The Revelator Band


A recent review....

‘If, after the Zombie Apocalypse, lost on stormy seas, South of Pandemonium and half way to the edge of the world, you spy a distant cove and find yourself in a saloon run by Blackbeard’s ghost in the hull of a grounded galleon, then expect to see The Revelator Band on stage.


As the wind howled and shook the ancient timbers of our Wakefield watering hole, the Revelators took the stage. Black clad and hatted, their potentially sinister aspect negated by affability and self-deprecating humour, they steered the audience on an exhilarating course for three hours or more. The songs evoke the atmosphere of dark Victoriana, press-gangs and smoke-obscured opium dens; pantomime-pirate blues-rock driven along by a foot-tapping, tankard-bashing beat, colourful lyrics roared in a voice evocative of Tom Waits at his theatrical best.


Frontman ‘Captain’ Barnaby Neale accompanies the songs with larger than life aplomb, capering, stomping and whirling, missing only a swordstick and a parchment map to the location of a mysterious jade monkey. Rictus-grins and rolling eyes animate the face as the hat is given about all the doffing that a piece of headgear might reasonably expect in an evening. The songs are inventive, compelling; anchored by the creative rhythms solidly maintained by Doug ‘Dusty’ Jopling on drums and by some expertly-played bass guitar. The guitar playing is clever, disciplined and perfectly judged. On the piano, Christopher ‘Fingers’ Taylor has overcome the pain of a recent wrist injury to produce a powerful, dominating performance.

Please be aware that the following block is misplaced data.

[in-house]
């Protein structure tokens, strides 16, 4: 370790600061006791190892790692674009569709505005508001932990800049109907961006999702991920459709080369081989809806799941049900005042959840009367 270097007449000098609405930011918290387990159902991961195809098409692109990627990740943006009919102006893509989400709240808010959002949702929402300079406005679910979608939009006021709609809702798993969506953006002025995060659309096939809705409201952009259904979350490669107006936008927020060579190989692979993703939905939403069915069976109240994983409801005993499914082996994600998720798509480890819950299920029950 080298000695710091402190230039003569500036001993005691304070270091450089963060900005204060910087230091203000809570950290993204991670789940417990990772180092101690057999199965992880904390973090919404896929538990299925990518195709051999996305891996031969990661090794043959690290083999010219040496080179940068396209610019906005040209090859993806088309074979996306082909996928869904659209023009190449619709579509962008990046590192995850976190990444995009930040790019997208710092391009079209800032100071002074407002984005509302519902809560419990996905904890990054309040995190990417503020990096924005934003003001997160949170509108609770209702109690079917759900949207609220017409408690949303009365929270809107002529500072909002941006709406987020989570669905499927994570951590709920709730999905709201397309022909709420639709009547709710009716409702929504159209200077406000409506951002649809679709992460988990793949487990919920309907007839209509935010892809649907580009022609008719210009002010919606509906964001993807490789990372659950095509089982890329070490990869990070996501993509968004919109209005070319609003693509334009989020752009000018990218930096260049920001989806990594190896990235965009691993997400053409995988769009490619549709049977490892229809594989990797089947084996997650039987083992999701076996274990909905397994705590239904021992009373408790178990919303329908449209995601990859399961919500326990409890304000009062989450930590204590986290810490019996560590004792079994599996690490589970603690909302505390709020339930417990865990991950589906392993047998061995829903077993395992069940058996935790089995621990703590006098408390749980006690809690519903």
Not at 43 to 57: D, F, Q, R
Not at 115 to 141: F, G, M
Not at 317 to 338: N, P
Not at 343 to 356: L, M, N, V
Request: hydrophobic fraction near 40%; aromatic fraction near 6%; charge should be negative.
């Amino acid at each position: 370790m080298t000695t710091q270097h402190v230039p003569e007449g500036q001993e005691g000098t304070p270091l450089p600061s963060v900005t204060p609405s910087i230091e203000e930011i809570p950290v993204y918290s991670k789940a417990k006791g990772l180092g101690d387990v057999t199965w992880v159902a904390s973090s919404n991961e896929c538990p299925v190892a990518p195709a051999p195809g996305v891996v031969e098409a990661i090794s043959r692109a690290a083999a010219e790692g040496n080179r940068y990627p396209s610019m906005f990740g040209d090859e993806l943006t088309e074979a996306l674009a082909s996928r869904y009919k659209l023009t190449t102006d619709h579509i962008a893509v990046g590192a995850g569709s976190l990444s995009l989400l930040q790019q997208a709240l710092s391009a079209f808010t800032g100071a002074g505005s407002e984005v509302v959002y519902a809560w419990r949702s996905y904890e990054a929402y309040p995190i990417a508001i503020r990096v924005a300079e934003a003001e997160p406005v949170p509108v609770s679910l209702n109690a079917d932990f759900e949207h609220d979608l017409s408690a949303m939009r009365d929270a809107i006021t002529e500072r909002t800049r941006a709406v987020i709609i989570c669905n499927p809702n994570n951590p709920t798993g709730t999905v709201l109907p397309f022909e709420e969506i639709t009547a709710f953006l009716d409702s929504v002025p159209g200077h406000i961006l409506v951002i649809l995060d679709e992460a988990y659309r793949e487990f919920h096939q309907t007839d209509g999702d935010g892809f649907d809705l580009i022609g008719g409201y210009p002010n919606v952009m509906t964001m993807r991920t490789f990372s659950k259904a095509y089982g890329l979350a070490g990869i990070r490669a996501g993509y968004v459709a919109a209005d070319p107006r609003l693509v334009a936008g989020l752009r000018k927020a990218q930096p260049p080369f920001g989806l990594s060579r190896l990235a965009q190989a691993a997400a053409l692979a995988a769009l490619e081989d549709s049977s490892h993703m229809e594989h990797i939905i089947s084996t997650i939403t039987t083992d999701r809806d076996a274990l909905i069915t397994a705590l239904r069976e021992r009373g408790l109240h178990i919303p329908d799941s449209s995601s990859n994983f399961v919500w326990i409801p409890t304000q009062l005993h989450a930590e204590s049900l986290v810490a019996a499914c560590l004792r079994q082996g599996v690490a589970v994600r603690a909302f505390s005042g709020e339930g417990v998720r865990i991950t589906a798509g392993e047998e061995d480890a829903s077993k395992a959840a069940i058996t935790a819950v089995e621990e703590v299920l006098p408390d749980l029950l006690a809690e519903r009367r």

Together the songs are more than the sum of their parts, drawing influence from the likes of Tom Waits and Captain Beefheart and fusing them with roots in traditional blues, boogie-woogie and rock and roll. The storytelling aspect of the songs comes across beautifully, reminiscent of tall tales of rum-soaked piracy and yet the feet are still, somehow, firmly on the worn paving slabs of England’s North, in touch with the wry humour of folk that make the best of hard times and find moments of joy and profundity in as little as weak winter sunshine turning wet pavements to silver.


Should the zombie apocalypso be unexpectedly delayed, then keep your eye on the gig listings. If you get the chance to sign up for a tour of duty with the Revelators, then seize it. Trust me, you’ll come away with treasure aplenty.’ – The Vaults



Blind Dead McJones was never a fan of being in the spotlight, no number 1 singles, cheesy videos or appearances on celebrity cooking programmes. A true Bluesman in every sense of the word, living a life on the road shrouded in mystery. Some say he died years ago in an agriculture related accident, some say he is part of the keyzer soze family and some say he now makes Halloween costumes for dogs. One thing we know for sure is he is responsible for bringing together the blues rock behemoth that is The Blind Dead McJones Band.


Back in 2008 McJones was a lost and tortured soul, wandering the earth just like Kane in Kung Fu. Battling with his demons and struggling to keep going through the Hell that is the music business. All he needed was a friendly face, a pack of smokes and something to help him once again shake the earth to its very core, bring grown men to tears, turn sophisticated women once again into sreaming schoolgirls, and well and truly cement his place alongside the Gods.


He found all this and more when he met…


“The Boys”!


Ben “Buddy” Slack – Andy “The Cake” Johnson – Steve “Wee-Man” Nixon